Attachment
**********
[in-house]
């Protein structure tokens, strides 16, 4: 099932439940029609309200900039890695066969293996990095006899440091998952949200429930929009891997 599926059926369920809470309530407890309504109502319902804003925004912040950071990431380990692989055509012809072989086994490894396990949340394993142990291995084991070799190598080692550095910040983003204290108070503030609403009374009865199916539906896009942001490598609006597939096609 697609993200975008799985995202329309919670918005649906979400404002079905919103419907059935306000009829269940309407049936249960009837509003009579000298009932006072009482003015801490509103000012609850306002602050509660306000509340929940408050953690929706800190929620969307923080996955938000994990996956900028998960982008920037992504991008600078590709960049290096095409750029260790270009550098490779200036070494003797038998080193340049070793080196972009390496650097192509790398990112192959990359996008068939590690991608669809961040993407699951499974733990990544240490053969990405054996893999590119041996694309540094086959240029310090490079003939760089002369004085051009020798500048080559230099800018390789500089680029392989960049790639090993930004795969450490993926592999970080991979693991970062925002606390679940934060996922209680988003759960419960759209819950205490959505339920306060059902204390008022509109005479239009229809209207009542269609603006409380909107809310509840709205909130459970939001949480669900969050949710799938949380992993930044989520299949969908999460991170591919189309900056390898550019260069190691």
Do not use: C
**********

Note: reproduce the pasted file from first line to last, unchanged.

[in-house]
């Protein structure tokens, strides 16, 4: 099932439940029609309200900039890695066969293996990095006899440091998952949200429930929009891997 599926059926369920809470309530407890309504109502319902804003925004912040950071990431380990692989055509012809072989086994490894396990949340394993142990291995084991070799190598080692550095910040983003204290108070503030609403009374009865199916539906896009942001490598609006597939096609 697609993200975008799985995202329309919670918005649906979400404002079905919103419907059935306000009829269940309407049936249960009837509003009579000298009932006072009482003015801490509103000012609850306002602050509660306000509340929940408050953690929706800190929620969307923080996955938000994990996956900028998960982008920037992504991008600078590709960049290096095409750029260790270009550098490779200036070494003797038998080193340049070793080196972009390496650097192509790398990112192959990359996008068939590690991608669809961040993407699951499974733990990544240490053969990405054996893999590119041996694309540094086959240029310090490079003939760089002369004085051009020798500048080559230099800018390789500089680029392989960049790639090993930004795969450490993926592999970080991979693991970062925002606390679940934060996922209680988003759960419960759209819950205490959505339920306060059902204390008022509109005479239009229809209207009542269609603006409380909107809310509840709205909130459970939001949480669900969050949710799938949380992993930044989520299949969908999460991170591919189309900056390898550019260069190691």
Do not use: C